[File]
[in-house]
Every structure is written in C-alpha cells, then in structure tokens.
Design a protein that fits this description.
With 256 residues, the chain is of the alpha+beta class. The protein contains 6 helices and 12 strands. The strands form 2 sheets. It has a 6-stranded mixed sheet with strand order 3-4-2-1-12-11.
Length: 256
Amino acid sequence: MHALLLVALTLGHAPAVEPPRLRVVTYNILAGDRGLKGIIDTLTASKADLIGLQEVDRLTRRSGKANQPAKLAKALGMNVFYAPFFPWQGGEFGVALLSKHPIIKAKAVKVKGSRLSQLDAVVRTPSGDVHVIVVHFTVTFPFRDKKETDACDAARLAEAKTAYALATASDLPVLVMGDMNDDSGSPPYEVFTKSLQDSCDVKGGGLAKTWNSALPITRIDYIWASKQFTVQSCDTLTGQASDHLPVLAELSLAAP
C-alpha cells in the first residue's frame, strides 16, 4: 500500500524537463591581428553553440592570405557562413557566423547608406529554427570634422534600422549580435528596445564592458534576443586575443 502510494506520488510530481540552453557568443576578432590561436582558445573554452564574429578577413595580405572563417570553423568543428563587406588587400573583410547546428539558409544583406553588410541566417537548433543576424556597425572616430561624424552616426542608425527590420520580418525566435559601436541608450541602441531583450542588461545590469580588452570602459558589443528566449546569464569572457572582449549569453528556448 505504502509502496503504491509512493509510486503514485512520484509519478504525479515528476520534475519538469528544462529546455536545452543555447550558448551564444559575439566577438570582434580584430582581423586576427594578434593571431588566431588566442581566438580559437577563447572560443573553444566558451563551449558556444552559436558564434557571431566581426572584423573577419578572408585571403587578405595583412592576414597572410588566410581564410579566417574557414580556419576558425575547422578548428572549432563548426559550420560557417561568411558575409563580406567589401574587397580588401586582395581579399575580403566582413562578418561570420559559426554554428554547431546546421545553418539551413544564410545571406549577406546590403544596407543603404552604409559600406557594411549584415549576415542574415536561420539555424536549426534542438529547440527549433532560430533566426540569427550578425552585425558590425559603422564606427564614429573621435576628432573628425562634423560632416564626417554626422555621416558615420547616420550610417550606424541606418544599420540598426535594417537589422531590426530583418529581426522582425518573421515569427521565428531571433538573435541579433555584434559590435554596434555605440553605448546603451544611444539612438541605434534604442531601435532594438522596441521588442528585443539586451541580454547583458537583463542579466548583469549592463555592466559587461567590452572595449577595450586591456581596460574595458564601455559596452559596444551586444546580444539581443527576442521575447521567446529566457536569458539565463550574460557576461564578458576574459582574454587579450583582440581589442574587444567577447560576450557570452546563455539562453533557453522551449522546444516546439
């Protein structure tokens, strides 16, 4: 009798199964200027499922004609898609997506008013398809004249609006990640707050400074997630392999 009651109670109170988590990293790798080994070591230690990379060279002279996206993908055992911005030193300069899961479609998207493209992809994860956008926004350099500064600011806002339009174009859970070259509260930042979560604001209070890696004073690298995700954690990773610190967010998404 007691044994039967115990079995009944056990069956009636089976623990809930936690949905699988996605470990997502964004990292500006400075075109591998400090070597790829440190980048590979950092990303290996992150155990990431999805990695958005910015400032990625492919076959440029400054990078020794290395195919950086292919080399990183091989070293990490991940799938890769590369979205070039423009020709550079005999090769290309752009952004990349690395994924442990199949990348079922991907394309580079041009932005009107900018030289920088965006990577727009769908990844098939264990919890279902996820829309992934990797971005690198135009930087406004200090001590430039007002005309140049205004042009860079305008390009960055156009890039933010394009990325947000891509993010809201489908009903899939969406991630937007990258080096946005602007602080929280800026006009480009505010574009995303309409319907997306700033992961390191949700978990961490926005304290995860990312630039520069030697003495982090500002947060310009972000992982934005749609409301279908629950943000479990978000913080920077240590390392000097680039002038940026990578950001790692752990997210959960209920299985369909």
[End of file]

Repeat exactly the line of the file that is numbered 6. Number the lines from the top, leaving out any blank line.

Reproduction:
Amino acid sequence: MHALLLVALTLGHAPAVEPPRLRVVTYNILAGDRGLKGIIDTLTASKADLIGLQEVDRLTRRSGKANQPAKLAKALGMNVFYAPFFPWQGGEFGVALLSKHPIIKAKAVKVKGSRLSQLDAVVRTPSGDVHVIVVHFTVTFPFRDKKETDACDAARLAEAKTAYALATASDLPVLVMGDMNDDSGSPPYEVFTKSLQDSCDVKGGGLAKTWNSALPITRIDYIWASKQFTVQSCDTLTGQASDHLPVLAELSLAAP